Monitoring requirements will depend on the nature and extent of the planned surgery and the patient's condition. In all cases, there should be continuous monitoring of the electrocardiogram (ECG), blood pressure, pulse oximetry, inspired oxygen, expired CO2 and anesthetic gas concentrations. Invasive blood pressure monitoring via an intra-arterial line is required for major intracranial and spinal surgery, but non-invasive blood pressure monitoring may be adequate for less extensive operations such as shunts, burr-hole biopsies and more minor spinal surgery where there is no risk of cord ischemia. The central venous pressure (CVP) should be monitored for vascular cases and where major blood loss is anticipated. More extensive cardiovascular monitoring, such as of pulmonary artery pressures, may be indicated by the patient's condition (e.g. severe ischemic heart disease), but is not routinely necessary. The core temperature should be monitored except in the shortest cases and can be recorded at several sites including the esophagus, where the temperature probe can be combined with an esophageal stethoscope. A peripheral nerve stimulator is mandatory in order to monitor the effects of the neuro-muscular blocking drugs, as patient movement or coughing could be disastrous during neuro-surgical operations.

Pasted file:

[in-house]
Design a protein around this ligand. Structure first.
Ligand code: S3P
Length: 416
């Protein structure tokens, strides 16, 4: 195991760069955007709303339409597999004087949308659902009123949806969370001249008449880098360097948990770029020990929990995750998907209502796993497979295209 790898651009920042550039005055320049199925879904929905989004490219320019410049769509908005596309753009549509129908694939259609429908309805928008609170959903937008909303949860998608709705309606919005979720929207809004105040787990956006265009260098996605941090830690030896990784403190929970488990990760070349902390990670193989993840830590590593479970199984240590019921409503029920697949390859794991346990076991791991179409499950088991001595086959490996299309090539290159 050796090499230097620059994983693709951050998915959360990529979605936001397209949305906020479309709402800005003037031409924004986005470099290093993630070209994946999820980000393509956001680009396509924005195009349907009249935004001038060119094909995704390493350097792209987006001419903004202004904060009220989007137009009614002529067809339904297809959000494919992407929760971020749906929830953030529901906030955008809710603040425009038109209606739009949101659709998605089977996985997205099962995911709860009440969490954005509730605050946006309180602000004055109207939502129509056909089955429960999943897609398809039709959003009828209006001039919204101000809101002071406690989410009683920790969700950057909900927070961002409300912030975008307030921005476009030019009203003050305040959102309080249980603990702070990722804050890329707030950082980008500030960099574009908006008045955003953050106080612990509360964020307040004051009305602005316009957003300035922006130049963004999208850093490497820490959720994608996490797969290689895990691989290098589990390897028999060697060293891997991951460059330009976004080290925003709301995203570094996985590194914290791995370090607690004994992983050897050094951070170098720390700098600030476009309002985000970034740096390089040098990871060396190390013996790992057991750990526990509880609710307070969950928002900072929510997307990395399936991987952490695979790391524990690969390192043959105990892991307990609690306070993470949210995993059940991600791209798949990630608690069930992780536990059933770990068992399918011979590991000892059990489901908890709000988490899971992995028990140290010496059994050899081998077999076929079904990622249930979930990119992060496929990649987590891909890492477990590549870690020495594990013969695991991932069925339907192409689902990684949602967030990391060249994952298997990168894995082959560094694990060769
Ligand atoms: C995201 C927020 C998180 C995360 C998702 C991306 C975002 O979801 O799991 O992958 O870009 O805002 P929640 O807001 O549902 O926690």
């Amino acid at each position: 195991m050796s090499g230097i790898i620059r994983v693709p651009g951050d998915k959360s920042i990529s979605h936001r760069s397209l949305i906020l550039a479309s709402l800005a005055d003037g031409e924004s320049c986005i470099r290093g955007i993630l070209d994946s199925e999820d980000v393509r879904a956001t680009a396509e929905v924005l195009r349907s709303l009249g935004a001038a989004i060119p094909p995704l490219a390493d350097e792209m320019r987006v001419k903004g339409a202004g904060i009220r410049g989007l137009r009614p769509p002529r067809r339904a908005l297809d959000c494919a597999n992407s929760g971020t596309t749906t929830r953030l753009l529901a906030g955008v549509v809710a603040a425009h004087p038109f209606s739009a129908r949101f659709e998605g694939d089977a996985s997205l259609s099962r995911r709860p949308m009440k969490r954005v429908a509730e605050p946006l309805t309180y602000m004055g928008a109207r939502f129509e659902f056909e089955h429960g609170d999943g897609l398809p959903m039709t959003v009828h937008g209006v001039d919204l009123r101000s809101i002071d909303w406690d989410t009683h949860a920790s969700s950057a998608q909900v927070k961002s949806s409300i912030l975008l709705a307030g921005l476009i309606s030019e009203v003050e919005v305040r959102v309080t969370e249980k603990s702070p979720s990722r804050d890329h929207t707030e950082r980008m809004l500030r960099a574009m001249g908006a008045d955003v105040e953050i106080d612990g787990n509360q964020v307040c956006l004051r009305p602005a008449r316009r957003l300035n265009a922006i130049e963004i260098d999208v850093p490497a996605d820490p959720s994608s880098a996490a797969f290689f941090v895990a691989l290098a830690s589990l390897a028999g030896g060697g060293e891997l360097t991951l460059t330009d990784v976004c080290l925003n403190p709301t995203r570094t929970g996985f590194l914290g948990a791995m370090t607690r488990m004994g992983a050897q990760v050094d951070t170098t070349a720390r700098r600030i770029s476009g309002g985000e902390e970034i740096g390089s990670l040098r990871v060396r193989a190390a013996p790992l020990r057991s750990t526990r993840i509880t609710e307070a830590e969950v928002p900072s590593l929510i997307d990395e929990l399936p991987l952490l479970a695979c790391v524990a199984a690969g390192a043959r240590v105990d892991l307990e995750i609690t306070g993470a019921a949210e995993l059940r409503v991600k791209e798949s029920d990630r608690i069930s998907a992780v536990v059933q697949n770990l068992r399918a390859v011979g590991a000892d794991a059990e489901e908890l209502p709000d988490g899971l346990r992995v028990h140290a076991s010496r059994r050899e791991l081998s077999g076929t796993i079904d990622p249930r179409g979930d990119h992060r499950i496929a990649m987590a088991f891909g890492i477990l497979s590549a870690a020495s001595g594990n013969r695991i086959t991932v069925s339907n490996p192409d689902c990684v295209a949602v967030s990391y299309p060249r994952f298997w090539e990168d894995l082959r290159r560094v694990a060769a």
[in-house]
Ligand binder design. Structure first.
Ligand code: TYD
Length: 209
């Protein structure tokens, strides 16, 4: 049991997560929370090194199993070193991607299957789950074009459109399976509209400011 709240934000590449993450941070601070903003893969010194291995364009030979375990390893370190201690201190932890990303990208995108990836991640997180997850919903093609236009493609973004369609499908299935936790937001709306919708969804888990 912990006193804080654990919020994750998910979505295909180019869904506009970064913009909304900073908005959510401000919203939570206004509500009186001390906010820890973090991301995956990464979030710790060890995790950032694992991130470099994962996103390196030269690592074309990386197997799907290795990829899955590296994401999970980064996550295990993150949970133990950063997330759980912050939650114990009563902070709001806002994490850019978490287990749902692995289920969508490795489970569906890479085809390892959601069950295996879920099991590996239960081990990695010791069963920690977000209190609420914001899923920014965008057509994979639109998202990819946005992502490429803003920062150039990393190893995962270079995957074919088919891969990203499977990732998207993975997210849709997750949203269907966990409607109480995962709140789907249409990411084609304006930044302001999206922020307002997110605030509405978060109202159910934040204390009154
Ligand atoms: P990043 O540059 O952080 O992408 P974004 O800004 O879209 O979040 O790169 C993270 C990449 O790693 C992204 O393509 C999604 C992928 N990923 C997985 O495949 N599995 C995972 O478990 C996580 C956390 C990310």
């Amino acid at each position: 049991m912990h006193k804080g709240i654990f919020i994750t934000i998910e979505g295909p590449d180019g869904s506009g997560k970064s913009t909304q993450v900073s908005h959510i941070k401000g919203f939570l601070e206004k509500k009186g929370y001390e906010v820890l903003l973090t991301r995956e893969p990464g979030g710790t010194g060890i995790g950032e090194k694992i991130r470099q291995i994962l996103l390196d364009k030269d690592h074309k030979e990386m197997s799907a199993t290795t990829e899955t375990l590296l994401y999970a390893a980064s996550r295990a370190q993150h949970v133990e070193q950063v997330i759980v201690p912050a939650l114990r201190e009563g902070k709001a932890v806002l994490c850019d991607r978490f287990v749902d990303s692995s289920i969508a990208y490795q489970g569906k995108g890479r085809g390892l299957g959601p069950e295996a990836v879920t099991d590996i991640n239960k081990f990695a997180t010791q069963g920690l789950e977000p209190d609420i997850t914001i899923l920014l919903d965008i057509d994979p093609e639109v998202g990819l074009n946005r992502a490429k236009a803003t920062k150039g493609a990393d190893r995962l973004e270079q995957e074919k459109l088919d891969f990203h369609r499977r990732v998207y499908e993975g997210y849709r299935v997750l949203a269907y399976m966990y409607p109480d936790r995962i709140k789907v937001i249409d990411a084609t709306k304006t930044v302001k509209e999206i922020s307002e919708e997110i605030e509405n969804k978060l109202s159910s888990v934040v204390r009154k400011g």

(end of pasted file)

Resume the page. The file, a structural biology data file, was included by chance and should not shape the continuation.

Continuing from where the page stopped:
For patients in the sitting position, precordial Doppler ultrasonography, transesophageal echocardiography and pulmonary artery pressure monitoring may be used to detect venous air embolism.

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